Accelerated Technology Laboratories, Inc. (ATL) and Institute for Biopharmaceutical Research (IBR, Inc.) Partner to Provide Pipette Calibration Solutions for GLP and GMP Compliant Laboratories
News Aug 13, 2013
Accelerated Technology Laboratories, Inc. (ATL), a premier supplier of Laboratory Data Management Solutions, has announced a new partnership with Institute for Biopharmaceutical Research (IBR, Inc.) - a leader in turnkey calibration software.
ATL is the North American Partner for IBR and will be offering Check&Track v2.0 to GLP and GMP compliant laboratories. Check&Track v2.0 offers just-in-time management of certification and recordkeeping for pipettes, specific to ISO 9000, ISO 8655, DIN 12650 and NCCLS requirements. Key benefits of this technology include automatic collection of data from an RS232 balance, automatic calibration procedures (manufacturer specific and custom macros), guided data collection during calibration, online input for environmental parameters, automatic statistics and qualification according to the specifications of the manufacturer, complete pipette history, schedules for pipette's calibration and balance service administration.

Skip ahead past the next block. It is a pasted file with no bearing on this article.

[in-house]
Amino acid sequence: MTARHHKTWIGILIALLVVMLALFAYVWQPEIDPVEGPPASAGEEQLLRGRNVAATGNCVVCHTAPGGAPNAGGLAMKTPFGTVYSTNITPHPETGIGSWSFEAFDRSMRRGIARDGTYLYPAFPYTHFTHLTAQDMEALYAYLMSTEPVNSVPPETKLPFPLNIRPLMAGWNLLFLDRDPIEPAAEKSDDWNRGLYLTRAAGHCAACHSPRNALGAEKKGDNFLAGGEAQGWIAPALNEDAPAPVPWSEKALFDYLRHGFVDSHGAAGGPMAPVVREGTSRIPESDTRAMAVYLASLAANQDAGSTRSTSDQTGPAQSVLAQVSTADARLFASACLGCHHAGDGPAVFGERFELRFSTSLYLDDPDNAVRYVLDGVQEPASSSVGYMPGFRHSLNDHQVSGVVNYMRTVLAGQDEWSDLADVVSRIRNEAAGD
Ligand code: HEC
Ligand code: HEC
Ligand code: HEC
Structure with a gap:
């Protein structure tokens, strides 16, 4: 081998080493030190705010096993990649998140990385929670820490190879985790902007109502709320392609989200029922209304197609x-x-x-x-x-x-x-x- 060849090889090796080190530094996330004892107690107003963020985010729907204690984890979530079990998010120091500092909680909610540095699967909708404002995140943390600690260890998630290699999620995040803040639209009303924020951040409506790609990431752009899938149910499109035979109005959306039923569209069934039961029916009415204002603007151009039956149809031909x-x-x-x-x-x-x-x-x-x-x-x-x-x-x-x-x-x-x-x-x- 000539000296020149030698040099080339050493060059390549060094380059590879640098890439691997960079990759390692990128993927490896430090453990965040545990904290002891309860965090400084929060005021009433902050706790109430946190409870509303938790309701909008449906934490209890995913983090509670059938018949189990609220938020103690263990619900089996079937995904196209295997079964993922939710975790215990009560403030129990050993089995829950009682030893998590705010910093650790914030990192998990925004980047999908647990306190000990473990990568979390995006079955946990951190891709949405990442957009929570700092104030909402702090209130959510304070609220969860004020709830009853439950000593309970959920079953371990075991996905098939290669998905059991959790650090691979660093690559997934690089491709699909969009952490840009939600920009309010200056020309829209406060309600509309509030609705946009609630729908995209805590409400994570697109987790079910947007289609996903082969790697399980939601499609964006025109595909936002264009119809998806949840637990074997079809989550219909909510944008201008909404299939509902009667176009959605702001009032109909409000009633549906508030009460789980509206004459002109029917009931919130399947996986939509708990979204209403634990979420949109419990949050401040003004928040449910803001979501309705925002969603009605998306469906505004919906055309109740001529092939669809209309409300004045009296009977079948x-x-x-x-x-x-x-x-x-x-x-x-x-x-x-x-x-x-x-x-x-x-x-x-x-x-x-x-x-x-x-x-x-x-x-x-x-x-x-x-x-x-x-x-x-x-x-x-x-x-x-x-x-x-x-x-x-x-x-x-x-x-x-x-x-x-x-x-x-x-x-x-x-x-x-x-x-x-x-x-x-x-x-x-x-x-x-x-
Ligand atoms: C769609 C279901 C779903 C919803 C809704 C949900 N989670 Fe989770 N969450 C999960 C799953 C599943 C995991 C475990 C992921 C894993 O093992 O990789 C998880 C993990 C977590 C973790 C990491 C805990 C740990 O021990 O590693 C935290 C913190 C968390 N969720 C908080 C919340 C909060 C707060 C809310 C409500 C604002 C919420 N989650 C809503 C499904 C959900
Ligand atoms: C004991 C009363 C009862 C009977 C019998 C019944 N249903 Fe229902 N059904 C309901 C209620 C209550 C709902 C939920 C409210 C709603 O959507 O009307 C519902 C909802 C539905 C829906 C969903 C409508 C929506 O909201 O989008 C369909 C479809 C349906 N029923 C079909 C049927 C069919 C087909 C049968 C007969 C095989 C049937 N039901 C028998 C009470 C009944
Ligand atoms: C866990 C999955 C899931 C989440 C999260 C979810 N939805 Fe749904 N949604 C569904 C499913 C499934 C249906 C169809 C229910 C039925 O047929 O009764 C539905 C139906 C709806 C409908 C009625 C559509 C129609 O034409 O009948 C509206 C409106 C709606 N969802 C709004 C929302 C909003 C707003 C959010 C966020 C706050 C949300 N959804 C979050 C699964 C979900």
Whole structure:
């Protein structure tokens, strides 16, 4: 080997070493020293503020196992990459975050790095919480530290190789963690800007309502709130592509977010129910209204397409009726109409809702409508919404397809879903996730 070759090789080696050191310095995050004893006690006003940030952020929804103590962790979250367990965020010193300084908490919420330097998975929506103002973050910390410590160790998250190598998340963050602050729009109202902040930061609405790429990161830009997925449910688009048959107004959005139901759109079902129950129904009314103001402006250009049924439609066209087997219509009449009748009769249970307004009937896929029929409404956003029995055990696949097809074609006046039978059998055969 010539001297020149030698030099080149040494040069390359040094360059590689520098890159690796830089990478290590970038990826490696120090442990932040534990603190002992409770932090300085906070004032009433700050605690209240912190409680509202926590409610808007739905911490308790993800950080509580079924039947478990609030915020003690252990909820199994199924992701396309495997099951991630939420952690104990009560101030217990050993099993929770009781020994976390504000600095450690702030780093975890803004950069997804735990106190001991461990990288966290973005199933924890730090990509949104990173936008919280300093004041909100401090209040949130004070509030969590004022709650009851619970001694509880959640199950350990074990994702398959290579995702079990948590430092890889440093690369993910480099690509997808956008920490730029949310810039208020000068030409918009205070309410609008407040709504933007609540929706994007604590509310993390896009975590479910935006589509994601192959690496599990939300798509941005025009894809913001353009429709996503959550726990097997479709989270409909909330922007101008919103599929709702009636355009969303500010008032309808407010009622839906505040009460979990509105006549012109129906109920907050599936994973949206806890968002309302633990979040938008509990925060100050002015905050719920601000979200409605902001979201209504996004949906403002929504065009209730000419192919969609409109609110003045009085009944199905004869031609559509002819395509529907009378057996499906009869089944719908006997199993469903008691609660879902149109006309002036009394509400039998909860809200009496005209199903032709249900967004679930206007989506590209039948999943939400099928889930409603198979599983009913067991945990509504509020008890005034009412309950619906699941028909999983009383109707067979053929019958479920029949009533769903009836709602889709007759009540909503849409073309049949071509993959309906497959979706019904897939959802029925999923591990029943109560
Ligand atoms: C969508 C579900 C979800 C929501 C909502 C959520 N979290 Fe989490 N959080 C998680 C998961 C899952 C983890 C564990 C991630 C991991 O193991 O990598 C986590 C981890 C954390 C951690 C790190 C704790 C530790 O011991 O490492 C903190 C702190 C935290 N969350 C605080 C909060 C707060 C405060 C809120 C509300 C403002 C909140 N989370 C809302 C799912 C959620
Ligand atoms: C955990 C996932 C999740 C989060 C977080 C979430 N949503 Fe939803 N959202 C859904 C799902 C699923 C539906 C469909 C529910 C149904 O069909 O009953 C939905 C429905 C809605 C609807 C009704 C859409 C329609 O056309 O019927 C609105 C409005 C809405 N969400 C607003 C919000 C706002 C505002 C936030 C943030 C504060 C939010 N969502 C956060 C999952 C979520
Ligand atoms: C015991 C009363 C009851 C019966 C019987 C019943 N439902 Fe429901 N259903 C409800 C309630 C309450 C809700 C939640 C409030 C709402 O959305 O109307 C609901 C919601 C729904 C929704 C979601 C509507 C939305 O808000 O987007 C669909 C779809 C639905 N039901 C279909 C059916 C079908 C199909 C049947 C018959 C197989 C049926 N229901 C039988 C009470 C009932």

"ATL is excited for the opportunity to team up with IBR for tighter integration of our complementary
products. They share our passion for automation and providing best-of-class tools, allowing customers to be more productive and efficient," said Dr. Christine Paszko, ATL's Vice President of Sales and Marketing.
"IBR is proud having found ATL as a highly professional partner for his software Check &Track and appreciates the fascinating collaboration dedicated to convert emerging needs in the quality managed laboratory to sophisticated products," said Dr. René Moser, IBR's CEO and CSO.
HIV-1 replicates in ninja-like ways. The virus slips through the membrane of vital white blood cells. Inside, HIV-1 copies its genes and scavenges parts to build a protective bubble for its copies. Now, supercomputers have helped model a key building block in the HIV-1 protective capsid, which could lead to strategies for potential therapeutic intervention in HIV-1 replication.READ MORE